Thursday, November 25, 2010

Deploying an ASP.NET Website to a Remote Server Running IIS 6


Probably the most important thing I can do first is to describe the environment I'm using; we have a global Active Directory forest with local domain controllers in each country. We have Windows 2003 servers running IIS 6 in both test and production - Developers (like myself) have a normal user account and a "Domain Administrator" account for working with remote servers. We use Kerberos for authentication (which requires a slight change to the process, see later).

The website itself has been generated using Visual Studio 2008. It has a single label (lblOutput) on the "Default.aspx" page and in the pages "on_load" event handler the following code;

        lblOutput.Text = "
" +
    "
" +
    "
Page.User.Identity.Name:" + Page.User.Identity.Name + "
System.Security.Principal.WindowsIdentity.GetCurrent().Name:" + System.Security.Principal.WindowsIdentity.GetCurrent().Name + "
Request.ServerVariables[LOGON_USER]:" + Request.ServerVariables["LOGON_USER"] + "
";

Put simply this just reads the currently logged in user, the user running the IIS server, and the server variable for the logged in user and displays them on the web page (very simple). It's a good test of what we're doin because the user running the web server will be changed by this process.

This document is a fairly specific guide for the company I work for so we can do the process repeatedly, feel free to make suggestions to improve it and to skip any "unnecessary" steps that don't fit into your organisation.

Step by Step Guide

  1. Logon (Remote Desktop) to the machine acting as your webserver and make sure you are connecting as as an Administrator
  2. Open Windows Explorer and go to "C:\Websites"
  3. Create a directory with your website name, it's best not to use spaces or any special characters as we're going to use this for the names of the Website in IIS and the Applicaiton Pool.
  4. Open IIS Manager
  5. Right-click "Application Pools" and choose "New > Application Pool"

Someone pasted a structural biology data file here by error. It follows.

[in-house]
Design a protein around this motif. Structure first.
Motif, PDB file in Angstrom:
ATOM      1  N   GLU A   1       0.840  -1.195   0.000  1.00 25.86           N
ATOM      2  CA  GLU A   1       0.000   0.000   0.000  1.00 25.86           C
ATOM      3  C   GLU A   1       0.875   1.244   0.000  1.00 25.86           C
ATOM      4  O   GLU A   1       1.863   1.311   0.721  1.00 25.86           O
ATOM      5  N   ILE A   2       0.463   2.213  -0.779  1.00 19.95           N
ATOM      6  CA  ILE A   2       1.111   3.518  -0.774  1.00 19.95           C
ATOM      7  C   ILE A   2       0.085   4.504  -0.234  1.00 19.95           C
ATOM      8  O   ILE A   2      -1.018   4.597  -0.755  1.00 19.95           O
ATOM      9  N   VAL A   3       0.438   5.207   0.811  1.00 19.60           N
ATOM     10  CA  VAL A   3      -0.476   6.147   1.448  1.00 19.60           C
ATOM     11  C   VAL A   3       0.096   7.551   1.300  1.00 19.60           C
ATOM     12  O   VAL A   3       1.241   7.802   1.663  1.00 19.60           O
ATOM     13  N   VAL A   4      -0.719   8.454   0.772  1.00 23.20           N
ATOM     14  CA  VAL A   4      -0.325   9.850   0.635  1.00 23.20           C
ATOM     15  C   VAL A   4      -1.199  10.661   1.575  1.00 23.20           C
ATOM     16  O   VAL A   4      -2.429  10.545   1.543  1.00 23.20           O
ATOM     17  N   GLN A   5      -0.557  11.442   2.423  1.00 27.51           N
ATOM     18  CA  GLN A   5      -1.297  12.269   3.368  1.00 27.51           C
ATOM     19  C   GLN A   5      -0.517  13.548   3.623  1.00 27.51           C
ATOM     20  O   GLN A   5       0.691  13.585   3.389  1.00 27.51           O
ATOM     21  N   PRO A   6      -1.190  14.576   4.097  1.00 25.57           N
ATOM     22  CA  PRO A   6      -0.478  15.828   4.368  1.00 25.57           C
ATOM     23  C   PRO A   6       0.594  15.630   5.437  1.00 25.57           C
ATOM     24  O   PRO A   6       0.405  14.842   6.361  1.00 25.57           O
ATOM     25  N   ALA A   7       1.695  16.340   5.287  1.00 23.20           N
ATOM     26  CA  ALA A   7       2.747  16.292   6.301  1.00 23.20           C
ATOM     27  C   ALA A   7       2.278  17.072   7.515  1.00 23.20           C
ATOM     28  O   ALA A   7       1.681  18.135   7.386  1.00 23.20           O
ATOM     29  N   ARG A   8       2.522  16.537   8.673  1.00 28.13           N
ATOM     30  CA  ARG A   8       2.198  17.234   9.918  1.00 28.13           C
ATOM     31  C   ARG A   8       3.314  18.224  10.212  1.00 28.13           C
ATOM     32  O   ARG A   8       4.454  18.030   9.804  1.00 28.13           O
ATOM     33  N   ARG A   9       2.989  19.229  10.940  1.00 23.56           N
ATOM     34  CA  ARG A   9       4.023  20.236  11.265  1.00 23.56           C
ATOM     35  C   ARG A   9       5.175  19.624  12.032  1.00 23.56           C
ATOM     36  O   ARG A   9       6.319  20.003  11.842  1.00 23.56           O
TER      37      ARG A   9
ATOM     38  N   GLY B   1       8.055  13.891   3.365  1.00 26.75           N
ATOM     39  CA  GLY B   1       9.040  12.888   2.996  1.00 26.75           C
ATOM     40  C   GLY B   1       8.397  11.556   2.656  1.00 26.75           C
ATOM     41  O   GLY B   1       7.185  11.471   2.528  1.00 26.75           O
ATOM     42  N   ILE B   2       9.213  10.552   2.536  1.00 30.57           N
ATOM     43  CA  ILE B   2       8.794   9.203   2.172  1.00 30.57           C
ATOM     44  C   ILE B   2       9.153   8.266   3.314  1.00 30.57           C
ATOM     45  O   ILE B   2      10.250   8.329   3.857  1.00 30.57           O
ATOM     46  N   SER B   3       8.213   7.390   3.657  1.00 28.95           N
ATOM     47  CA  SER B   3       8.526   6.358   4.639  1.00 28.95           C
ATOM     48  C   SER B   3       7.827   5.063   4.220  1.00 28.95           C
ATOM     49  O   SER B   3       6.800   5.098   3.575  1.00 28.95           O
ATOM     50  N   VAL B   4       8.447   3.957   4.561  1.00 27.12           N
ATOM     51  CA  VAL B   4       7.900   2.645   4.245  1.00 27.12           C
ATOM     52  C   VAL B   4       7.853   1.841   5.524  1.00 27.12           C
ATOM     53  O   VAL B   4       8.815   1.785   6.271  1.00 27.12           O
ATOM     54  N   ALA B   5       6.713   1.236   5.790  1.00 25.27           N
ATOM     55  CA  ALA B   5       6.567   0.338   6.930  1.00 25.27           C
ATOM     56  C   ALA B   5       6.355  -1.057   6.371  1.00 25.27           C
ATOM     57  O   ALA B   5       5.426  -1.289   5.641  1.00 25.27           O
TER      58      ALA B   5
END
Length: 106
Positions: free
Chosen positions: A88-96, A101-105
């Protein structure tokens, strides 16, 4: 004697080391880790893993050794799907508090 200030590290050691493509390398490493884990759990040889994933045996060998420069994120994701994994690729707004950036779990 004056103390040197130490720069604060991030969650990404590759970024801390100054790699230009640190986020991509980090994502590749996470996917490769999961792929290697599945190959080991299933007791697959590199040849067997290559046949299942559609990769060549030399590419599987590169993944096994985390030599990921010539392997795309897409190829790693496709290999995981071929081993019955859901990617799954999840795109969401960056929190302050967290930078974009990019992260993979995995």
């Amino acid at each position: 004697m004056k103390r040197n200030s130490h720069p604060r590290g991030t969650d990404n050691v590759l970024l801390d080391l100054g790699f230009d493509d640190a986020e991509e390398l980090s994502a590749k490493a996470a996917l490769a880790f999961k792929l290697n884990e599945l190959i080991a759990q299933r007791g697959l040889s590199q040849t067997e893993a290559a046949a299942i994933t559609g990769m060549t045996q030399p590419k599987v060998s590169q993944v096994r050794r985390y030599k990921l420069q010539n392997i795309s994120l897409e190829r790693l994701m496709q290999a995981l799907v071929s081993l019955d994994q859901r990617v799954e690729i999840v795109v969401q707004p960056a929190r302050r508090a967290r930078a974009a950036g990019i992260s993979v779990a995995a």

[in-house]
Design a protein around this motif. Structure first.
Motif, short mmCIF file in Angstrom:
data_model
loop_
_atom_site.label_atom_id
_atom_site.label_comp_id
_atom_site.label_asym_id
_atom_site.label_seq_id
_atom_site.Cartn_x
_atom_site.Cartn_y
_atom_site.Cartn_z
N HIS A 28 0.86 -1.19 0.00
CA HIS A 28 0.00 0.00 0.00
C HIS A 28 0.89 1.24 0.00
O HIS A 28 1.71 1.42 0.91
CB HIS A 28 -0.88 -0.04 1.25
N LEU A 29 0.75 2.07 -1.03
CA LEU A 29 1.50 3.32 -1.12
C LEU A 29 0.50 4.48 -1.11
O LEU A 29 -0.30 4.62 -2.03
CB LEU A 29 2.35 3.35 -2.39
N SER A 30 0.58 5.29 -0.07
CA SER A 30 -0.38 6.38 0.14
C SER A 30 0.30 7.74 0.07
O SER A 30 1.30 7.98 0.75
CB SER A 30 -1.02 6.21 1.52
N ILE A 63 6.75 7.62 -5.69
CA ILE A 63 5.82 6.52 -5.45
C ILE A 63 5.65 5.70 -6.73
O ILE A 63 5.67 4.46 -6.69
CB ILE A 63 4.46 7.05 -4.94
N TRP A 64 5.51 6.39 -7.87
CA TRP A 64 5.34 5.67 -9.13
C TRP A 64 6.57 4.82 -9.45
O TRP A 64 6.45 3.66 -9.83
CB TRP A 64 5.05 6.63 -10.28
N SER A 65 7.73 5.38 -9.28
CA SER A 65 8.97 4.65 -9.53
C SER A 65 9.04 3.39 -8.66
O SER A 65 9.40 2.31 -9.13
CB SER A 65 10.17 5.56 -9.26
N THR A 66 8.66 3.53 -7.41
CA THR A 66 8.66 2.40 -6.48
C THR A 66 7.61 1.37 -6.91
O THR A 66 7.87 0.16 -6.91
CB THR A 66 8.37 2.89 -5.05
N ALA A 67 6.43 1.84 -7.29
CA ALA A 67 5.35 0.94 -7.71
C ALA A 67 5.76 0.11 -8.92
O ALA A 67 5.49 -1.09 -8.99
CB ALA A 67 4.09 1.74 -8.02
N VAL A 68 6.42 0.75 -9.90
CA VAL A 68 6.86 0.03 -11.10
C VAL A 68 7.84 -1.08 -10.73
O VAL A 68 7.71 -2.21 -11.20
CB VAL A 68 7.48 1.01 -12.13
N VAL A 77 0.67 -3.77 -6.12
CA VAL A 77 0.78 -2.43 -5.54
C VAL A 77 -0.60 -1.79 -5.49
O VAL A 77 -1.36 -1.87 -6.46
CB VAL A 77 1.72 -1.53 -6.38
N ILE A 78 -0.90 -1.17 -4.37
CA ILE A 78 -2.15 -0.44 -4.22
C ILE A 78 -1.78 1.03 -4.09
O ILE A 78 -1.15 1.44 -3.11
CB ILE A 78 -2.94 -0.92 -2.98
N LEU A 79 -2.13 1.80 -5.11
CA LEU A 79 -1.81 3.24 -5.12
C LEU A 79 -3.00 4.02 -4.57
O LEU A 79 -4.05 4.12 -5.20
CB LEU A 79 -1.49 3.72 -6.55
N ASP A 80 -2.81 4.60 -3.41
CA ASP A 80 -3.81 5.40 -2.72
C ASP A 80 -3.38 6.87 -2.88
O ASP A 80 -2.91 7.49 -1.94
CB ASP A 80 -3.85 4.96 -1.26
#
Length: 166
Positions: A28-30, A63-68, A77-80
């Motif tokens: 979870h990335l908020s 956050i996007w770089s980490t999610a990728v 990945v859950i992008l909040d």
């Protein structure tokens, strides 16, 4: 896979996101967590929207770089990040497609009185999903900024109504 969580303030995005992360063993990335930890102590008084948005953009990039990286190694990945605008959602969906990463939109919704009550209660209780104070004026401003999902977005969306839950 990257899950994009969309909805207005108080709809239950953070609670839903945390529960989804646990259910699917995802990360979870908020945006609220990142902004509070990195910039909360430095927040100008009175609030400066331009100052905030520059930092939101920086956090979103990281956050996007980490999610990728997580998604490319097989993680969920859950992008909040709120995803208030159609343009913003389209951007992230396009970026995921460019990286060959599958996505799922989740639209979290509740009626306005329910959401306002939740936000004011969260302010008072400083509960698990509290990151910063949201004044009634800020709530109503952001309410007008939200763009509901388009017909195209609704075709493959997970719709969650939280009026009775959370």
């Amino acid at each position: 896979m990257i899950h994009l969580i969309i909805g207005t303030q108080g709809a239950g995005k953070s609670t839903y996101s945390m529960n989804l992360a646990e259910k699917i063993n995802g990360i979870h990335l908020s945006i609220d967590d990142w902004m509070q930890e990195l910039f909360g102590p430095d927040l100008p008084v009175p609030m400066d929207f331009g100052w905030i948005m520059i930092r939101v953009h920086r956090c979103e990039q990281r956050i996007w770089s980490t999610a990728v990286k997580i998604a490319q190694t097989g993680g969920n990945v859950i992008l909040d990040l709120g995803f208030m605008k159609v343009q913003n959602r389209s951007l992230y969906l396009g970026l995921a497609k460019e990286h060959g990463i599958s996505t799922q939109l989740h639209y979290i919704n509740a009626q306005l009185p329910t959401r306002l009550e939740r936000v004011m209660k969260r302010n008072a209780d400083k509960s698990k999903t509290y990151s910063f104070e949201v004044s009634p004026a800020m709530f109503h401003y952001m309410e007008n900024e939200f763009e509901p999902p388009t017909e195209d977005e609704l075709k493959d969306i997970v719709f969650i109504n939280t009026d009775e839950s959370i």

6. Call the Pool AP + the directory name you used under "C:\Websites" (henceforth just "directory name")
  7. Choose "User default settings ..."
  8. Click "OK"
  9. Right-click the newly created Application Pool and select "Properties"
  10. Select the "Identity" tab, choose "Configurable" and enter the windows account the website should be running under
  11. Click "OK"
  12. Right-click the "Websites" and select "New > Website"
  13. Enter the same name as you used for a directory
  14. Set the TCP Port to a random value not currently in use for any of the other sites
  15. Select the directory you just created under "C:\Websites" as the location for the new site
  16. Choose "Run Scripts" and "Read" for permissions
  17. Click "Finish"
  18. Right-click the newly created Web Site and select "Properties"
  19. Go to "ASP.NET" tab and select the correct version (if needed)
  20. Go to "Home Directory" tab and change the "Application Pool" to the application pool you just created
  21. Go to "Directory Security" tab and click on "Edit" under "Authentication and acccess control"
  22. Disable "Enable anonymous access"
  23. Click "OK" twice
  24. Open up Computer Management, expand "Local Users and Group", then "Groups"
  25. Open the IIS_WPG group and add in the Windows account you are using to run the application pool

You are now ready to begin testing, open your web browser on a different machine and see if you can connect.

Troubleshooting
"Service Unavailable" error message in the browser
Check to make sure that the windows account you are using for the application pool is actually able to login (i.e. the account isn't locked, you've entered the correct username and password).

If you refresh the application pools in IIS Manager if the application pool has "crashed" you will see the icon change.

Multiple "username/password" dialogs followed by "you are not authorized to view this page" errors
The chances are if you're seeing this you are using Kerbaros for authentication (like us). An easy way to tell is to download Firefox and try and access the site using that - it should accept your authentication and take you to the site. This is one of the very rare cases where Firefox will actually work and IE won't.

In order to fix this problem you need to create a Service Principle Name (SPN) for the username/ server combination. Remember to create a fully qualified SPN as well as a shortcode (i.e. server and server.domain.forest.org) - you are likely to need both and it makes it a lot easier to have both.
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